Johnson v. United States, 529 U.S. 694 (2000)

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694

OCTOBER TERM, 1999

Syllabus

JOHNSON v. UNITED STATES

certiorari to the united states court of appeals for the sixth circuit

No. 99-5153. Argued February 22, 2000—Decided May 15, 2000

The Sentencing Reform Act of 1984 replaced most forms of parole with supervised release overseen by the sentencing court. If release conditions are violated, that court may "revoke [the] release, and require the person to serve in prison all or part of the [supervised release] term . . . without credit for time previously served on postrelease supervision . . . ." 18 U. S. C. 3583(e)(3). In March 1994, the District Court sentenced petitioner Johnson to imprisonment followed by a term of supervised release. After beginning supervised release in 1995, Johnson violated two conditions of his release. The District Court revoked his release and ordered him to serve an 18-month prison term to be followed by an additional 12 months of supervised release. The court cited no authority for ordering additional supervised release, but, under Circuit law, it might have relied on 18 U. S. C. 3583(h), a subsection added to the statute in 1994, which explicitly gave district courts that power. Johnson appealed, arguing that 3583(e)(3) did not give the district courts power to order a new supervised release term following reimprisonment, and that applying 3583(h) to him violated the Ex Post Facto Clause. Although the Sixth Circuit had previously taken the same position as Johnson with regard to 3583(e)(3), it affirmed his sentence, reasoning that 3583(h)'s application was not retroactive because revocation of supervised release was punishment for John-son's violation of his release conditions, which occurred after the 1994 amendments.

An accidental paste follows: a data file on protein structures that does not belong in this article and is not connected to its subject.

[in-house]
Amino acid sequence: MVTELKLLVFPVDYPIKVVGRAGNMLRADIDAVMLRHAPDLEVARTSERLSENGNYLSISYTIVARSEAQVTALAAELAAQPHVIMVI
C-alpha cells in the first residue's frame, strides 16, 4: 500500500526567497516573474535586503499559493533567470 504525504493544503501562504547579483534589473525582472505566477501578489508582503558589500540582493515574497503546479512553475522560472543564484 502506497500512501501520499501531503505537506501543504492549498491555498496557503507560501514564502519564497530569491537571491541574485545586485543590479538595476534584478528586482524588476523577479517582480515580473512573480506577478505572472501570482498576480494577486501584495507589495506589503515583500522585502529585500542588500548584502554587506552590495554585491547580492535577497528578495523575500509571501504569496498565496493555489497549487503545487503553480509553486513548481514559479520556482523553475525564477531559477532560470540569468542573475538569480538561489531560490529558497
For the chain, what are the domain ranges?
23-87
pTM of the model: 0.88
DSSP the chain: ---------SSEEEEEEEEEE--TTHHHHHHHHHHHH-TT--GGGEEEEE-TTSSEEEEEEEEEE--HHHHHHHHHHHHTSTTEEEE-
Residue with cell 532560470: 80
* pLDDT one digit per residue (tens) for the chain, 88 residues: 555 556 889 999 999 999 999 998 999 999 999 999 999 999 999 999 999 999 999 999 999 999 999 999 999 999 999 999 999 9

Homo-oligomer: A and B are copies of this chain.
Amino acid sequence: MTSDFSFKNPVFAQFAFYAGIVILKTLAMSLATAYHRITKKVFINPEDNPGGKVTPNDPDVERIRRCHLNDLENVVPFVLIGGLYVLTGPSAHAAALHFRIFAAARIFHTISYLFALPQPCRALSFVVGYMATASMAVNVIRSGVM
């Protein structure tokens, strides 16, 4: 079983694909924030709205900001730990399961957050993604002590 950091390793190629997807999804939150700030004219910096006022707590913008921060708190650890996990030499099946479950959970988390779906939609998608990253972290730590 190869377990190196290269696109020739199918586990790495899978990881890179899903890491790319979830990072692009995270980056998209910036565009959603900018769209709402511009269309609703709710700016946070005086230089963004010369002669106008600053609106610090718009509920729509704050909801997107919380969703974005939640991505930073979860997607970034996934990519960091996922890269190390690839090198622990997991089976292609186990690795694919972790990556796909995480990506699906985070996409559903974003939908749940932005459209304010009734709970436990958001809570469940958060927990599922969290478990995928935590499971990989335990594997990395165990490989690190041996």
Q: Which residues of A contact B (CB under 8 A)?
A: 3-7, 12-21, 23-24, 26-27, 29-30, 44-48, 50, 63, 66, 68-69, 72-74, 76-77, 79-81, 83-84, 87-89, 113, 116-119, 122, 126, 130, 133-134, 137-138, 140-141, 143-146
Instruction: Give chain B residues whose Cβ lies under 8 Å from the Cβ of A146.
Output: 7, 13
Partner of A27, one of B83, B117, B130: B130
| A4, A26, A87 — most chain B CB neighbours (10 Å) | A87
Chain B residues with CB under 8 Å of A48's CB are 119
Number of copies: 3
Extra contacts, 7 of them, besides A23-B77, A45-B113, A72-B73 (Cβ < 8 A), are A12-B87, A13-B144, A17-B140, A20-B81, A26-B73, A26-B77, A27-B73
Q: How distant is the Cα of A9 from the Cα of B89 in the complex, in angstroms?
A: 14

Held:

1. Section 3583(h) does not apply retroactively, so no ex post facto issue arises in this case. To prevail on his ex post facto claim, Johnson must show, inter alia, that the law operates retroactively. Contrary to the Sixth Circuit's reasoning, postrevocation penalties are attributable to the original conviction, not to defendants' new offenses for violating their supervised release conditions. Thus, to sentence Johnson under 3583(h) would be to apply that section retroactively. However, absent a clear statement of congressional intent, 3583(h) applies only to cases in which the initial offense occurred after the amendment's effective date, September 13, 1994. The Government offers nothing indicating a contrary intent. The decision to alter 3583(e)(3)'s supervised release

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